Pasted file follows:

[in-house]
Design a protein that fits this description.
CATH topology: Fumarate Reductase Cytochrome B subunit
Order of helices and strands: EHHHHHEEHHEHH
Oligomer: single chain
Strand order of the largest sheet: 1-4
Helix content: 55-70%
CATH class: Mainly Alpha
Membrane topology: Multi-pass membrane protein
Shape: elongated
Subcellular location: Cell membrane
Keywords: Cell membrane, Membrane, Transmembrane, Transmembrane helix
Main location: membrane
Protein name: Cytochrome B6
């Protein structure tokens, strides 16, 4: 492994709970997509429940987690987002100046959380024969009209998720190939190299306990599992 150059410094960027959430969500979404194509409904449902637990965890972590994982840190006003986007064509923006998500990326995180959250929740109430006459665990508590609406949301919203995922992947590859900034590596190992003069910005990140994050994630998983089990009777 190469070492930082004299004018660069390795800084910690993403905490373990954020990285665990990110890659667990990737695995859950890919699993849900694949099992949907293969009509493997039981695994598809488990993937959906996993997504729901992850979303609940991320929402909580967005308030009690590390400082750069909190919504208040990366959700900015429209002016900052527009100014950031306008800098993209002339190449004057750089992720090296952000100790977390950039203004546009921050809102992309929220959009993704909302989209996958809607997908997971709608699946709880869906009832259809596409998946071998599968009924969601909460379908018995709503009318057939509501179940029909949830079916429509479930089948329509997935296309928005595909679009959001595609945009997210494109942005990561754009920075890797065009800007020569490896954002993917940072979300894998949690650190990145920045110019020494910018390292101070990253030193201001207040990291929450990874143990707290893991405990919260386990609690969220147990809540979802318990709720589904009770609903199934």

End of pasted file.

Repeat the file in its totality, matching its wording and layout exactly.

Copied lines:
[in-house]
Design a protein that fits this description.
CATH topology: Fumarate Reductase Cytochrome B subunit
Order of helices and strands: EHHHHHEEHHEHH
Oligomer: single chain
Strand order of the largest sheet: 1-4
Helix content: 55-70%
CATH class: Mainly Alpha
Membrane topology: Multi-pass membrane protein
Shape: elongated
Subcellular location: Cell membrane
Keywords: Cell membrane, Membrane, Transmembrane, Transmembrane helix
Main location: membrane
Protein name: Cytochrome B6
């Protein structure tokens, strides 16, 4: 492994709970997509429940987690987002100046959380024969009209998720190939190299306990599992 150059410094960027959430969500979404194509409904449902637990965890972590994982840190006003986007064509923006998500990326995180959250929740109430006459665990508590609406949301919203995922992947590859900034590596190992003069910005990140994050994630998983089990009777 190469070492930082004299004018660069390795800084910690993403905490373990954020990285665990990110890659667990990737695995859950890919699993849900694949099992949907293969009509493997039981695994598809488990993937959906996993997504729901992850979303609940991320929402909580967005308030009690590390400082750069909190919504208040990366959700900015429209002016900052527009100014950031306008800098993209002339190449004057750089992720090296952000100790977390950039203004546009921050809102992309929220959009993704909302989209996958809607997908997971709608699946709880869906009832259809596409998946071998599968009924969601909460379908018995709503009318057939509501179940029909949830079916429509479930089948329509997935296309928005595909679009959001595609945009997210494109942005990561754009920075890797065009800007020569490896954002993917940072979300894998949690650190990145920045110019020494910018390292101070990253030193201001207040990291929450990874143990707290893991405990919260386990609690969220147990809540979802318990709720589904009770609903199934």